U.S. lawmakers condemn Mexico's violations in the energy sector
Electricity reform, changes to the Hydrocarbons Law, and the halt of permits for the export and import of fuels are of concern
January 13, 2022 7:16pm
Updated: January 14, 2022 5:53pm
Democratic and Republican legislators accused Mexico of not complying with the obligations outlined in the treaty between Mexico, the United States, and Canada (T-MEC). According to the legislators, the Mexican government’s actions in the energy sector seek to give privileges to state-owned companies such as the Federal Electricity Commission (CFE).
A group of senators expressed their concerns in a letter addressed to U.S. Trade Representative Katherine Tai. In the letter, members of the Senate Finance Committee highlight Mexico's delays and omissions in the labor, energy, agriculture, services, and pharmaceutical industries.
"The potential (of the treaty) will not be achieved without full implementation of the agreement as written," claimed Senators Ron Wyden (D-Oregon), and Mike Crapo (R-Idaho).
Regarding the energy issue, the senators questioned why President Andrés Manuel López Obrador has given preference to the public sector and has carried out measures such as the suspension of U.S. energy imports.
"Mexico's actions deprive private energy companies, including renewable energy companies, of market access, non-discriminatory treatment, and a level playing field in Mexico's energy sector," the senators said.
Republican Congressman Kevin Brady (Texas), a member of the House Ways and Means Committee, told Katherine Tai that President López Obrador envisions an ambitious program that will roll back the energy reform approved in Mexico in 2013, which allowed the private companies to participate in the sector.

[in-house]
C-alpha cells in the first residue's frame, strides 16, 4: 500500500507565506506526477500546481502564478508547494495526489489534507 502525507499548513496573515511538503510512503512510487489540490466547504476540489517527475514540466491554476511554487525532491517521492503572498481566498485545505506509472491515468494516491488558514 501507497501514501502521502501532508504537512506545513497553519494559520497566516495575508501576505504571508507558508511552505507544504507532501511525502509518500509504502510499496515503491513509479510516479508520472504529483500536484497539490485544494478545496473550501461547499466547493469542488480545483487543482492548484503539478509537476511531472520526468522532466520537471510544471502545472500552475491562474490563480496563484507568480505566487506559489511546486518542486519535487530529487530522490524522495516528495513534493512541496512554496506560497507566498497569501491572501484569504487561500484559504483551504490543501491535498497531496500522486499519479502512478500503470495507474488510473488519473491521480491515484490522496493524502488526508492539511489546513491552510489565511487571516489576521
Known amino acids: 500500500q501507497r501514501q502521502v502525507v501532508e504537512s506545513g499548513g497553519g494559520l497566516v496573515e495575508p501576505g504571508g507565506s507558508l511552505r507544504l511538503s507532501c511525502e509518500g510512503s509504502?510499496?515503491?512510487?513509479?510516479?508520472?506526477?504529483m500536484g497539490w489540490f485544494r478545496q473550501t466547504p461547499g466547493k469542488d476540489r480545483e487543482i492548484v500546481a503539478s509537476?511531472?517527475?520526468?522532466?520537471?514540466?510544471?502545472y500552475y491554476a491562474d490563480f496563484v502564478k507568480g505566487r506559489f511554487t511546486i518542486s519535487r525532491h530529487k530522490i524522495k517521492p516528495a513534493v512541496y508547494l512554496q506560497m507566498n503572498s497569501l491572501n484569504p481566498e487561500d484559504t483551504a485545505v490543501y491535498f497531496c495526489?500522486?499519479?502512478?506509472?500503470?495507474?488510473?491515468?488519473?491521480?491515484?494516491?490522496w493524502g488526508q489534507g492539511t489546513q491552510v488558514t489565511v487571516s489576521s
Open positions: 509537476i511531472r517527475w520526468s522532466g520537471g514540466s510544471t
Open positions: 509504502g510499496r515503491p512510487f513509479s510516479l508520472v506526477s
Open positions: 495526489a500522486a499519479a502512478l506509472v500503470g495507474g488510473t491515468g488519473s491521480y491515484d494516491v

Brady highlighted three points of concern regarding Mexico’s energy sector: the reform of the electricity sector promoted by the Mexican government, the reform of the Hydrocarbons Law, and the halt of permits for the export and import of fuels.
"If passed, these amendments will prohibit the CFE from contracting private investors to supply electricity in Mexico and revoke existing and pending electricity generation permits. It would also create a disadvantage for private sector investors by arbitrarily limiting or blocking their participation in the Mexican electricity market and in the extraction of lithium and other strategic minerals," he added.
These changes would delay the transformation of Mexico's electricity market into a "reliable, financially sound and low-carbon system." said the Republican congressman.
This Thursday, committees led by the undersecretaries of commerce of Canada, the United States, and Mexico will meet to evaluate compliance with the T-MEC, an agreement that has been in effect since July 1, 2020.